Hood, John Bell, 1831–79, Confederate general in the American Civil War, b. Owingsville, Ky. He resigned from the army (Apr., 1861) and entered the Confederate service 1862. He fought in the Peninsular campaign and at the second battle of Bull Run (Aug., 1862) and was promoted to the rank of major general in October. As a division commander under James Longstreet, he distinguished himself at Antietam, Fredericksburg, and Gettysburg and at Chickamauga, where he won his lieutenant generalcy (Sept., 1863). In the Atlanta campaign of 1864 he fought under Joseph E. Johnston until Jefferson Davis, displeased with that general's retreat, made Hood commander. Hood, faring no better against General Sherman, was obliged to abandon Atlanta on Sept. 1. To prevent a further Union advance Hood moved against Sherman's long line of communications. Sherman followed, but later, satisfied that George H. Thomas at Nashville could cope with Hood, returned to Atlanta and marched to the sea. Hood then began to advance through Tennessee. John M. Schofield slowly withdrew before him, repulsing his attack in a bloody battle at Franklin (Nov. 30) before joining Thomas. In the battle of Nashville (Dec. 15–16), Thomas won the most complete victory of the war, virtually annihilating the Confederates. Hood resigned his command (Jan., 1865) and surrendered at Natchez, Miss., in May.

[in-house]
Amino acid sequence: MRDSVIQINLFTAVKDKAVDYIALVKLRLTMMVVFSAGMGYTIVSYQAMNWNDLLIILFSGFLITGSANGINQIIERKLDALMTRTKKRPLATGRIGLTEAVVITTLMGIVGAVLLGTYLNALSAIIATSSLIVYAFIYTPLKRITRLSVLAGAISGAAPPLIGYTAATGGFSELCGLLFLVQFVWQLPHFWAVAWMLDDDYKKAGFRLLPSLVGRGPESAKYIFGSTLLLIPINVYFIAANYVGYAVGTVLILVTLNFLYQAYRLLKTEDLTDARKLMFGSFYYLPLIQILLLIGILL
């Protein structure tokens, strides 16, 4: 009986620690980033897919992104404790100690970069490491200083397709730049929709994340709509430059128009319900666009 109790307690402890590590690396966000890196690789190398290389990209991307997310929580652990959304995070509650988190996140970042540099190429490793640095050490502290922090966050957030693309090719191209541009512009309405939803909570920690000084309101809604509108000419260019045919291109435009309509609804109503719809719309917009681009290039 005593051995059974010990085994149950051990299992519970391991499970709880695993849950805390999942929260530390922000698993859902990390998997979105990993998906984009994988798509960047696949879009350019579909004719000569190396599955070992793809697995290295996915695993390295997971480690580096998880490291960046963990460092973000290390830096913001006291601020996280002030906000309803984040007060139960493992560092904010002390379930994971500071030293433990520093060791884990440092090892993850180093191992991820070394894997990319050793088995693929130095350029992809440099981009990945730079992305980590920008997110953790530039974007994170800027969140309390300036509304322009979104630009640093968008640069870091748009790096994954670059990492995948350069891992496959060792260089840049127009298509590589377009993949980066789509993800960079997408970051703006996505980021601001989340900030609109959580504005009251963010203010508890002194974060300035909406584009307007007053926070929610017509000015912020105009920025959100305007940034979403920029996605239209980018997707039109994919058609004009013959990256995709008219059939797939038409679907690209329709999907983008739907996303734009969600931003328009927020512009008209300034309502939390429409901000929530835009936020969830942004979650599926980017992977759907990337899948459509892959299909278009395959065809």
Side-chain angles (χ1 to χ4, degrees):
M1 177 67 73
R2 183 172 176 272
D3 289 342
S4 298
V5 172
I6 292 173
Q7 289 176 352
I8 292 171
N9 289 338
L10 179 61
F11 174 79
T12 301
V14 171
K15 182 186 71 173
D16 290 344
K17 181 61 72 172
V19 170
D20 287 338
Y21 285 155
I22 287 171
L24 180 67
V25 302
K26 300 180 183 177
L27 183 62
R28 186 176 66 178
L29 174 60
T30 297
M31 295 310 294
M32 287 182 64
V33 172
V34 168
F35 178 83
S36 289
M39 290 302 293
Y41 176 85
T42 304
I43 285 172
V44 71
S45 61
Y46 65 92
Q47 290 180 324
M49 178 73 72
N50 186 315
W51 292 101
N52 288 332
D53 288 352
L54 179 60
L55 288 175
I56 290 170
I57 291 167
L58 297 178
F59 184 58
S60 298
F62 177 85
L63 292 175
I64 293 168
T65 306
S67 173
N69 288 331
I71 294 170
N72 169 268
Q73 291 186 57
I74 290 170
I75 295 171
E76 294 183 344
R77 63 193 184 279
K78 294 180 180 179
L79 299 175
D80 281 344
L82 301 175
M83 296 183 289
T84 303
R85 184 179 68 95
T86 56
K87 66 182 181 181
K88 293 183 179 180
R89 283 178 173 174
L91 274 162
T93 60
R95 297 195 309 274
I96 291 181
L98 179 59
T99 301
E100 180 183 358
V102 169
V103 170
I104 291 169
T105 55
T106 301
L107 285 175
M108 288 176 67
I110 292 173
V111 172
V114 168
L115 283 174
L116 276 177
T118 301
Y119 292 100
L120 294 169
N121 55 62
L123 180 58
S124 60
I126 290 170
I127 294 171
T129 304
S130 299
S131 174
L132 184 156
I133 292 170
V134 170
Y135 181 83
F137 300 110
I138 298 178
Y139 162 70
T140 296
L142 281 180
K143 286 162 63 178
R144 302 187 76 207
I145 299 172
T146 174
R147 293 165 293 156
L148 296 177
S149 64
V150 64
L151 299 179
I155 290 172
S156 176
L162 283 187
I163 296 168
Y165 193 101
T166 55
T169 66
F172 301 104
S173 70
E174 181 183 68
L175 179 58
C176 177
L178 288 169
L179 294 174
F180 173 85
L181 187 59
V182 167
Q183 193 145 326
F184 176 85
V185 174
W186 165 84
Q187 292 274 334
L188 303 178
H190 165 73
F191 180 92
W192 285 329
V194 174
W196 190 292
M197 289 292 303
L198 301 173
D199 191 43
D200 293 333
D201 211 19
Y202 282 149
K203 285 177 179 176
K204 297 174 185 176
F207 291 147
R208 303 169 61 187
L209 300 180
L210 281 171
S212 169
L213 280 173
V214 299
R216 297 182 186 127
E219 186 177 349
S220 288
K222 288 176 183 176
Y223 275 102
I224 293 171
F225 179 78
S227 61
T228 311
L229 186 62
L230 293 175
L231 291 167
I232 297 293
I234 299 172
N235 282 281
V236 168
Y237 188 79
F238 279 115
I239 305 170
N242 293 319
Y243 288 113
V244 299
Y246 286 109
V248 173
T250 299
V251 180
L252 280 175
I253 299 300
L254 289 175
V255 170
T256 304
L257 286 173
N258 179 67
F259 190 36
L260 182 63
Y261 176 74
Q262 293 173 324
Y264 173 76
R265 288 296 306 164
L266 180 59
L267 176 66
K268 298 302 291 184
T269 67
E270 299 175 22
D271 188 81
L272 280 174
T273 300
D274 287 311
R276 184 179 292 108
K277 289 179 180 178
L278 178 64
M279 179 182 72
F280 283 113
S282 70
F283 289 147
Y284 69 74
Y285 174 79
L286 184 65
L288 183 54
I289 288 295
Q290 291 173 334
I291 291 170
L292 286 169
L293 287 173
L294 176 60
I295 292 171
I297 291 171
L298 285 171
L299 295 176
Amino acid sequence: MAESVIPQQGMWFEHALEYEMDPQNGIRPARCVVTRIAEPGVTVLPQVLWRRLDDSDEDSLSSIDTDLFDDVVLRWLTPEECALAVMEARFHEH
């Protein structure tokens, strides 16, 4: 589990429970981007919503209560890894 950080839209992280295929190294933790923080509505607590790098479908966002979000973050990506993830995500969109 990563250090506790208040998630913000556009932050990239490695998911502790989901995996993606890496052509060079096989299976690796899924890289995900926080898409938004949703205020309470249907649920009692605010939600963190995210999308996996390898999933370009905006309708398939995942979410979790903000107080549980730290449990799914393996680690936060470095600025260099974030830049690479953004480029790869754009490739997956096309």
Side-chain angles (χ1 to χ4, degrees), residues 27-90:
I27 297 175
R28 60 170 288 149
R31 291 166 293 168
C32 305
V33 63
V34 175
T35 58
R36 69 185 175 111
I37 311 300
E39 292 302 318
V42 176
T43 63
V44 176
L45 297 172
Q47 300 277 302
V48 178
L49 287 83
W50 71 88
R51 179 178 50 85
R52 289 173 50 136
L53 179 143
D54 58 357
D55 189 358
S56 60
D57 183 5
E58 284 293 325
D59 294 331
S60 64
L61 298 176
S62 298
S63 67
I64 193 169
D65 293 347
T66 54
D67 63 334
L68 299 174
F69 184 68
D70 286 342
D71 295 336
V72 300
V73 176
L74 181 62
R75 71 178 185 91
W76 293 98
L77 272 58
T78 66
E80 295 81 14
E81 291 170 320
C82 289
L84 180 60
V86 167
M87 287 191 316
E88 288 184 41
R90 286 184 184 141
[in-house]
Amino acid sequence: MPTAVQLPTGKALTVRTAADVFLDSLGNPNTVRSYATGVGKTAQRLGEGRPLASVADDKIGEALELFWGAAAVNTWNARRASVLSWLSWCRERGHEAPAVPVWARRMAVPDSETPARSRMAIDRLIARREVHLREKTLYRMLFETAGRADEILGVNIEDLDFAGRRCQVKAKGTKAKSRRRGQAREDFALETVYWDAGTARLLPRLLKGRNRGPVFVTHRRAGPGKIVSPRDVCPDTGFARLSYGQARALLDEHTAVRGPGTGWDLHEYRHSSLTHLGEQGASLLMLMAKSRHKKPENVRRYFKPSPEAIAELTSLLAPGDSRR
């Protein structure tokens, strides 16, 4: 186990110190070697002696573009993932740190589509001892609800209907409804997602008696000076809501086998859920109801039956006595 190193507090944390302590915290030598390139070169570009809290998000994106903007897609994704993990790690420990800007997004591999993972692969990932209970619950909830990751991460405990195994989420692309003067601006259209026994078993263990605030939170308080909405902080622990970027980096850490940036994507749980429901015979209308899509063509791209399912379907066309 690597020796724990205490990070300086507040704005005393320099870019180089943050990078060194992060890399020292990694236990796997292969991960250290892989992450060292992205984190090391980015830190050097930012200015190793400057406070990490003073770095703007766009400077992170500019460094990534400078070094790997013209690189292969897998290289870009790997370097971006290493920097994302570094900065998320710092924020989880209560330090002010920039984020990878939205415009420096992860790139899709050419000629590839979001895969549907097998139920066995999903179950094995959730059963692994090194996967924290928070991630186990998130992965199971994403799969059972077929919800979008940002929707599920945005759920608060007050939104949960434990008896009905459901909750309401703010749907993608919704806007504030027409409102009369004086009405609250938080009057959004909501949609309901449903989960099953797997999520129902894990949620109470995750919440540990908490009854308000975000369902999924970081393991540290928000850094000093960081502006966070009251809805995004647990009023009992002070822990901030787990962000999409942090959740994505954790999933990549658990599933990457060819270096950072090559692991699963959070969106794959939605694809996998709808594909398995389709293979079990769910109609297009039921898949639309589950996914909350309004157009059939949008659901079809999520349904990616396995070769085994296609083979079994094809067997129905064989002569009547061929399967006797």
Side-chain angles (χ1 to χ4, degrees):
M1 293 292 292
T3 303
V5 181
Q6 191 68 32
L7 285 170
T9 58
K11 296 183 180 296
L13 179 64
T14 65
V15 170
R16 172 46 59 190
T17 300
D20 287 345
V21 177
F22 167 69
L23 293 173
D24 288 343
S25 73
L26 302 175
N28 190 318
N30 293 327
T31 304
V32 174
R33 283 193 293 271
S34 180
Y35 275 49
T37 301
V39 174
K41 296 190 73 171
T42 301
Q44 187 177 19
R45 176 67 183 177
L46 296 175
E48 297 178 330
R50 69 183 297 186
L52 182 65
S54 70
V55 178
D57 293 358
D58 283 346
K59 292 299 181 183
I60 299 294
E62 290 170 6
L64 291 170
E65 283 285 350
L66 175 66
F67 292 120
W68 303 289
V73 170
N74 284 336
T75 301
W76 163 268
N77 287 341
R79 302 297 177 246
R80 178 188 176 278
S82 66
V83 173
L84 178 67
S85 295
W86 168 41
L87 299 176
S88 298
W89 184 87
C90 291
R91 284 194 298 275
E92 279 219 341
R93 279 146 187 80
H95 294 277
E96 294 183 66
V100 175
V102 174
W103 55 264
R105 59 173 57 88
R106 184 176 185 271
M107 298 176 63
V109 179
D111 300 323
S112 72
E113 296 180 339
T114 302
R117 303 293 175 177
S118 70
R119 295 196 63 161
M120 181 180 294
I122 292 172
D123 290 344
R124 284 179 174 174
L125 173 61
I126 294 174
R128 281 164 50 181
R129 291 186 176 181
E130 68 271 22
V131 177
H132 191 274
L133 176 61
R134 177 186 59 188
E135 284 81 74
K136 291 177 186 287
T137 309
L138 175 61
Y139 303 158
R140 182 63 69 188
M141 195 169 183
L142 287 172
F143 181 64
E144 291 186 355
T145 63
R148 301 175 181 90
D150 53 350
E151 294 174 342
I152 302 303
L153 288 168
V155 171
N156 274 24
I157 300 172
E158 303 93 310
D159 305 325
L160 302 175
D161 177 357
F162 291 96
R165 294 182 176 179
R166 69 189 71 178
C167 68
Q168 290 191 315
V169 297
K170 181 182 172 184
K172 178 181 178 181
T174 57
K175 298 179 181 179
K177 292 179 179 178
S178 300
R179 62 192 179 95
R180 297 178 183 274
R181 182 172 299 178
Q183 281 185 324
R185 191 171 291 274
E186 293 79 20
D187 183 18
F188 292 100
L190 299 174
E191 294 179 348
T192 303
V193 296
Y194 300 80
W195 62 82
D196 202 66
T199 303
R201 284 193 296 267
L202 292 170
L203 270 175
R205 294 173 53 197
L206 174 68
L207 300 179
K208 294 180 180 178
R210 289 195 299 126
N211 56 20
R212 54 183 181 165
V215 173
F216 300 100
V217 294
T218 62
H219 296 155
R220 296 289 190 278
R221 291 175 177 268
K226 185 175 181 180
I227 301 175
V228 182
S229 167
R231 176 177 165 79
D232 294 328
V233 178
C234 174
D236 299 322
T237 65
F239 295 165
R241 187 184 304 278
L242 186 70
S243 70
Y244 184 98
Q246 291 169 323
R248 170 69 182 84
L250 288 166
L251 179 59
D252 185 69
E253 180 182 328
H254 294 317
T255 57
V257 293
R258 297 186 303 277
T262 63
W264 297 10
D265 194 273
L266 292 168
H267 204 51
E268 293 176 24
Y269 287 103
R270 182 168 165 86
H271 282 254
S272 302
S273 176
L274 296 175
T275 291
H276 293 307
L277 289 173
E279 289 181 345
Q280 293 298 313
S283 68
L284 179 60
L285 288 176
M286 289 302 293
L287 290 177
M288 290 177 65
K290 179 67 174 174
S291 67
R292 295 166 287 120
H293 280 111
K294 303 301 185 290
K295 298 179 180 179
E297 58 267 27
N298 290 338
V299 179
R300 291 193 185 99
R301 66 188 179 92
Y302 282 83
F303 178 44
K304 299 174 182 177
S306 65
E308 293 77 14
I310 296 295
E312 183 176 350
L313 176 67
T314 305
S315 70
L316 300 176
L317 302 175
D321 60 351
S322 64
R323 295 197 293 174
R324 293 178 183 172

See his Advance and Retreat (1879, new ed. 1959, repr. 1969); S. F. Horn, The Army of Tennessee (1941, repr. 1959); biographies by R. O'Connor (1949, repr. 1959) and J. P. Dyer (1950).